Tuesday, February 18, 2014

Learn about Context and the Deductive Process


Imagine this:

You are waiting in a hospital waiting room, just looking through the magazines and observing the other patients as they wait to be seen by the doctor. When a man who had just entered tripped and fell over the leg of one of the chairs. He stands up and begins to gesture and yell loudly at the receptionist.

Assume this is all you know. What can you tell about the man? Well, your first inclination might be to try and look at the thing that makes him stand out: his gestures and yelling. Perhaps we assume that his actions are a result of anger, and that he has a nasty temper and is one who tries to blame others for his pain and suffering. In short:
He has an Outburst -> He has a nasty temper
But can we really?
It's a principle mistake to simply isolate a particular instance or action and assume that its indicative of all actions and inclinations that the person has. To deduce a person's thoughts and actions, one must be willing to be flexible and mold their deductions around all of a person's actions rather than just boxing them in with general frames.

The goal is to be as accurate with your deductions as possible,
 not to just to put people into a general category.
So what can we do? How can we make our deductions more accurate and more flexible? The answer lies in creating another layer or filter. You can't just think outburst -> temper. You have to consider Context.
Still not fully following? Let's use the same story we had earlier, but change the context.

New Context:On the alternate universe Htrae, the standard method of conversation is through wild gesturing and yelling. Any other method is considered rude. Whispering is used in angry fits.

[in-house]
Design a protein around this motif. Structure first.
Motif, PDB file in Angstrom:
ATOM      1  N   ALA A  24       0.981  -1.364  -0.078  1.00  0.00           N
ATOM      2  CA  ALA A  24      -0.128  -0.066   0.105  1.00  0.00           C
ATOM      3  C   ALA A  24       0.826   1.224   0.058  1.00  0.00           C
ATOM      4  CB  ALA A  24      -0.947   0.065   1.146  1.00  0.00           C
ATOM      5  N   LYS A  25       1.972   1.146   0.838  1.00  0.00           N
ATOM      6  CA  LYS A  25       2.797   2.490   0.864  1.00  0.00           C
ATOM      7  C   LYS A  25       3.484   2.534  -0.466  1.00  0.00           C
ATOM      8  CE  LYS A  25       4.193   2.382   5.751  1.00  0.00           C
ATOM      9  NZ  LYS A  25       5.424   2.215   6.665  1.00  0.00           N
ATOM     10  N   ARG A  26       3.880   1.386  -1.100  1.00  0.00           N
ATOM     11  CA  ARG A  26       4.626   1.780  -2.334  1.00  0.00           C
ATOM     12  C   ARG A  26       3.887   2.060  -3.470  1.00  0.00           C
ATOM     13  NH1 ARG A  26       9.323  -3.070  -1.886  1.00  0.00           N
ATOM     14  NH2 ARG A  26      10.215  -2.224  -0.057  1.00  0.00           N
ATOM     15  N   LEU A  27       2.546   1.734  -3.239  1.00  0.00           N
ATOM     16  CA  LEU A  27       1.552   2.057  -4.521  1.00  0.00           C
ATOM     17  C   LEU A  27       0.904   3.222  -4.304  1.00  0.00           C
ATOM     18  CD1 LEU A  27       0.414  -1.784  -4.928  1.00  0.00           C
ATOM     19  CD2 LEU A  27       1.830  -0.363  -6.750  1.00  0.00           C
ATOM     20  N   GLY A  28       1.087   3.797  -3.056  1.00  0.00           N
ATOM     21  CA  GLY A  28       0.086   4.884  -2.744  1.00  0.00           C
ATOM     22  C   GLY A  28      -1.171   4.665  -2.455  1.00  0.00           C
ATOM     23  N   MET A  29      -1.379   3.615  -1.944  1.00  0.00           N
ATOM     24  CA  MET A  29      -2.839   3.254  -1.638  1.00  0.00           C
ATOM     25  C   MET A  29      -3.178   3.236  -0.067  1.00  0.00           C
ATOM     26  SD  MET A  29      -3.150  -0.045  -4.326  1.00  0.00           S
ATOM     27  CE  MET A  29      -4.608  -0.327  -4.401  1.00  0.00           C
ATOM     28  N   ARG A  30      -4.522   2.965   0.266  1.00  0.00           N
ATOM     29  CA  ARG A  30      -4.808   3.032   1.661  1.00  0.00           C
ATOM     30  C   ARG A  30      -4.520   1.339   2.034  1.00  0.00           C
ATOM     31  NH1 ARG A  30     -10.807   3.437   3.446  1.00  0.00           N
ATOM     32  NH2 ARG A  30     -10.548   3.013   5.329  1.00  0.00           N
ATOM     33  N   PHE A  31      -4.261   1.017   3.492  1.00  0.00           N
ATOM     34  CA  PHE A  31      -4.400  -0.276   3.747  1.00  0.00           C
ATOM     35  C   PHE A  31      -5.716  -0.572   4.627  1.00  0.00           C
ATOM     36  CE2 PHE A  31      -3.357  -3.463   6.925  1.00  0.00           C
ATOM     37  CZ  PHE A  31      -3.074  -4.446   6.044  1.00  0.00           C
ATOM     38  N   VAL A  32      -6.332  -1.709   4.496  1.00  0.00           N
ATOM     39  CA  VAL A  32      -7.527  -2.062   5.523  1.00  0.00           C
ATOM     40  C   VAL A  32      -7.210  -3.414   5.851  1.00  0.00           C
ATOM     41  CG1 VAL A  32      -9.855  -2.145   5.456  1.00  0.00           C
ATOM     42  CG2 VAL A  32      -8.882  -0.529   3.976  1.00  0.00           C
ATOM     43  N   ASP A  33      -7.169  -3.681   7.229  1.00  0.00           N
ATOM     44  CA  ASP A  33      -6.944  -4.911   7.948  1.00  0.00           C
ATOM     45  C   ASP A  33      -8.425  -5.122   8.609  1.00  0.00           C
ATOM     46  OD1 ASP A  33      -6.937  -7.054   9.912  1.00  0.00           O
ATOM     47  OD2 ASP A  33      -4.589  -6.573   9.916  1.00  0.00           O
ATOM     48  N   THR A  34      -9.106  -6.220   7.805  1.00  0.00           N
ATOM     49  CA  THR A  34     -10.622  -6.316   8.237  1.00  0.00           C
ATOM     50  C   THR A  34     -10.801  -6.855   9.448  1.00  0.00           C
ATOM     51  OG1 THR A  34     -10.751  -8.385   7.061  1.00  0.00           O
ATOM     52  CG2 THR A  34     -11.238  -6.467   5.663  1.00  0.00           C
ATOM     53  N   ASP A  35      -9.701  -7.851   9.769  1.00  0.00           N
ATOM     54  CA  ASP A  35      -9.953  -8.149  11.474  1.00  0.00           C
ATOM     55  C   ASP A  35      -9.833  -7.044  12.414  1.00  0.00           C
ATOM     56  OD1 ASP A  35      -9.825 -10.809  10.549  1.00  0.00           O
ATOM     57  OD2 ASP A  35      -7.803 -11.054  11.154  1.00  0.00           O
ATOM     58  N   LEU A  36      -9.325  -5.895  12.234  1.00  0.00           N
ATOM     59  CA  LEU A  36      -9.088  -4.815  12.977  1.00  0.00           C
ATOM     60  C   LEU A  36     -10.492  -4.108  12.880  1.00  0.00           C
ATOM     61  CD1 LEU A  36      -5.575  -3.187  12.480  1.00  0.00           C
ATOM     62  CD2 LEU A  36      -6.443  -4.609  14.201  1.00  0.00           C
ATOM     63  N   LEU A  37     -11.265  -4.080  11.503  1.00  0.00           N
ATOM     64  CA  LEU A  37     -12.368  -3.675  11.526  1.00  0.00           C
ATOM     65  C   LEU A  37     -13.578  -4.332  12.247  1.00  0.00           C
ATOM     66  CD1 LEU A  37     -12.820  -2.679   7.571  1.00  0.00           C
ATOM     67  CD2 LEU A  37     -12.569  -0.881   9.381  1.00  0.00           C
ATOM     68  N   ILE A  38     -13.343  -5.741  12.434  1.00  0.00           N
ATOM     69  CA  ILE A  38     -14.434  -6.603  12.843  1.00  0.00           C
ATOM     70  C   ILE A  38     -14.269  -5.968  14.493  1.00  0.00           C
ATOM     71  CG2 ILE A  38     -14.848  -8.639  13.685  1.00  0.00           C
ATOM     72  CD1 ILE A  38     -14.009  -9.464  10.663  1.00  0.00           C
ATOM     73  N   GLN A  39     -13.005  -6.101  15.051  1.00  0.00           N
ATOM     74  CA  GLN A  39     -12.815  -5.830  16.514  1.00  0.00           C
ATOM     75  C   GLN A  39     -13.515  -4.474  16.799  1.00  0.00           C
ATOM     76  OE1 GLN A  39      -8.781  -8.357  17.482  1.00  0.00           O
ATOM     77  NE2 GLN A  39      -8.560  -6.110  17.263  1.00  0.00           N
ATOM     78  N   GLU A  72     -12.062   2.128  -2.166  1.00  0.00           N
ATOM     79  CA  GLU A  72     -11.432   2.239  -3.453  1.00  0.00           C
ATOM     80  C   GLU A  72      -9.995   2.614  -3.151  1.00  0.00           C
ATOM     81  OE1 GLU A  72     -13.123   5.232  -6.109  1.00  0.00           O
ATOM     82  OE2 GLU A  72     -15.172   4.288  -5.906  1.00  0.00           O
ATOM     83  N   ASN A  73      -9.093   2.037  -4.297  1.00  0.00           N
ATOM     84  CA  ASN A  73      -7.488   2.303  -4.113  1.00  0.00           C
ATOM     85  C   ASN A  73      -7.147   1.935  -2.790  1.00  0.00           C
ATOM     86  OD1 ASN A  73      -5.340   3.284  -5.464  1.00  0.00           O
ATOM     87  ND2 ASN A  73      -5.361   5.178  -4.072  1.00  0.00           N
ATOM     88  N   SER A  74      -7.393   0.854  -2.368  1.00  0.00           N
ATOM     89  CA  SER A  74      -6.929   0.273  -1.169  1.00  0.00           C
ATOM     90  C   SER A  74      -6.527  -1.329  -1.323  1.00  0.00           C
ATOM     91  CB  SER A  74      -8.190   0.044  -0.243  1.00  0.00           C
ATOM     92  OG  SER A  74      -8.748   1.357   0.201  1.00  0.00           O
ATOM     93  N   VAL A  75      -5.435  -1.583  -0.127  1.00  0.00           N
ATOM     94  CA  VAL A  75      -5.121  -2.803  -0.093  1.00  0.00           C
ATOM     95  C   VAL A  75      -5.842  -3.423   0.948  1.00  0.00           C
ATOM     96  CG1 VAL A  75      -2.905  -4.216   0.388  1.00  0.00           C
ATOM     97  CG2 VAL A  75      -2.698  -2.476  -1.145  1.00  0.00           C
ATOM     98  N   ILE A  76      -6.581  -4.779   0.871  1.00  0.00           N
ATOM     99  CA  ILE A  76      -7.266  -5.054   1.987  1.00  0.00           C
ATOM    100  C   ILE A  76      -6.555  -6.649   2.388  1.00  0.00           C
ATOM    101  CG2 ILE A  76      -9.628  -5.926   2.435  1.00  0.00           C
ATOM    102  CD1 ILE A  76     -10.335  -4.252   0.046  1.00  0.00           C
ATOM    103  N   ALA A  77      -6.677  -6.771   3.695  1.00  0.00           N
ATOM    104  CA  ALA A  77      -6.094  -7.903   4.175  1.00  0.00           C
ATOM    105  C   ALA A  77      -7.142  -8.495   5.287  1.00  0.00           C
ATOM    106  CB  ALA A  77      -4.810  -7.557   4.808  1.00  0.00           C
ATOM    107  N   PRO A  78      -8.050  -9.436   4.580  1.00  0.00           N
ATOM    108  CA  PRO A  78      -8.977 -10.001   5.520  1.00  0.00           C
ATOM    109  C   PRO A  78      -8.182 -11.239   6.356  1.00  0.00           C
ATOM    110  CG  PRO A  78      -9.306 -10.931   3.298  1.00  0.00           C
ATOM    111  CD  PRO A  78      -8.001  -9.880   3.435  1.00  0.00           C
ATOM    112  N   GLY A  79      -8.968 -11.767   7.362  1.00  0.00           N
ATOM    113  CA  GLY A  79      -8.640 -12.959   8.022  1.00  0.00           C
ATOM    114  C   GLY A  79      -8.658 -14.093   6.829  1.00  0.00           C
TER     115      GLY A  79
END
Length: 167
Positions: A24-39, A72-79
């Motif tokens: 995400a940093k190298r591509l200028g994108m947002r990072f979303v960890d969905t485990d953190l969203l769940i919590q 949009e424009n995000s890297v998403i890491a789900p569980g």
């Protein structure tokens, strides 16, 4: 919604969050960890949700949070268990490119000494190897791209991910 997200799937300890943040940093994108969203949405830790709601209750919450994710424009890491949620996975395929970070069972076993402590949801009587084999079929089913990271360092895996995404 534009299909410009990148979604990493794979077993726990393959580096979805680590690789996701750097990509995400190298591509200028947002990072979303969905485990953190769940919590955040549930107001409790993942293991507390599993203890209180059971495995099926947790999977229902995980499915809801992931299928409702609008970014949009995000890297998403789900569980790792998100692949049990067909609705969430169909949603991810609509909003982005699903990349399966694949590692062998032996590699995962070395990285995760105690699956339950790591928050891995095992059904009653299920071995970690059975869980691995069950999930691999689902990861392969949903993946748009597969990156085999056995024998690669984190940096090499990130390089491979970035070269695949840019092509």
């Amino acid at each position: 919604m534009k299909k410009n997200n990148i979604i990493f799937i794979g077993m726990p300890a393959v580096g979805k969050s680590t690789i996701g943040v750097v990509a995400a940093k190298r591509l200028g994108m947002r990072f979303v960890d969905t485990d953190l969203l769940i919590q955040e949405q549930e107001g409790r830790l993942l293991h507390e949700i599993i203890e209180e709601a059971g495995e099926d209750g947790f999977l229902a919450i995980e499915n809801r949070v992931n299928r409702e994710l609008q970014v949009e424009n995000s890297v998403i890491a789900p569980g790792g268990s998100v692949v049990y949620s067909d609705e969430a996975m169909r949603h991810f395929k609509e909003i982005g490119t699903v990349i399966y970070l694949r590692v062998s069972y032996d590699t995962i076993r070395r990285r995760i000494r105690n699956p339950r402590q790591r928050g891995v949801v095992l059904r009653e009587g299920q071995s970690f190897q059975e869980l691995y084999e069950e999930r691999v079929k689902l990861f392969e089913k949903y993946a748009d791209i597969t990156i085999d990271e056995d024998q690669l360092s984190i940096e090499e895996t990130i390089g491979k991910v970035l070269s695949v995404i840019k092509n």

As you can see, if our original story had taken place on alternate universe Htrae, rather than Earth, our deduction of Outburst-> Nasty Temper would hold no weight at all.
From this, we see that context matters greatly in determining what actions have meaning, and which do not. Additionally we see that our deductions have to be keen to the context of the scenarios.
But lets return to Earth and see what the context might be able to tell us about the man.
Granted, the outburst may be telling of a nasty temper, but that is only one interpretation. The context may tell us more: The man is in a hospital, he is entering the waiting room of a hospital, he trips over the leg of a chair, he yells at the receptionist and only at the receptionist. He is also there at that time, as well as date.
What does this tell us? To understand it, we must break it down into parts:

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  1. He is in a hospital. Who goes to a hospital? Everyone? Well, WHEN do people go to hospitals? Well, either they work there, are visiting, or are sick. The vast majority of the people who visit, are sick. And given the whole of his actions, it seems plausible that the man could be sick.
  2. He is entering the waiting room. Not only that, but he is headed to the receptionist and not straight into the entrance of the door. So he is probably likely to be going to talk to the receptionist.
  3. He trips over the leg of a chair. Is he clumsy? Is there something wrong with his leg? Was he distracted by something? And if so, by what?
  4. Why does he yell at the receptionist? Is it because of his inclination to blame his pain on others? Why just the receptionist and not the other people there?
As you can see, the actual process of deduction using context is not as simple as the fixed deduction that we are inclined to use. However, we can learn a great deal more by formulating these questions, and then answering them by observing his actions.
The process of deduction requires a great deal of preparation, observation, and flexibility. Luckily it is also something we get better at through practice and time. As far as contexts go, it also can work well with many people within the same contexts- e.g. The hospital set applies to everyone in the waiting room, including you.
With a bit of practice and a little bit of work, understanding the context can go a long way.

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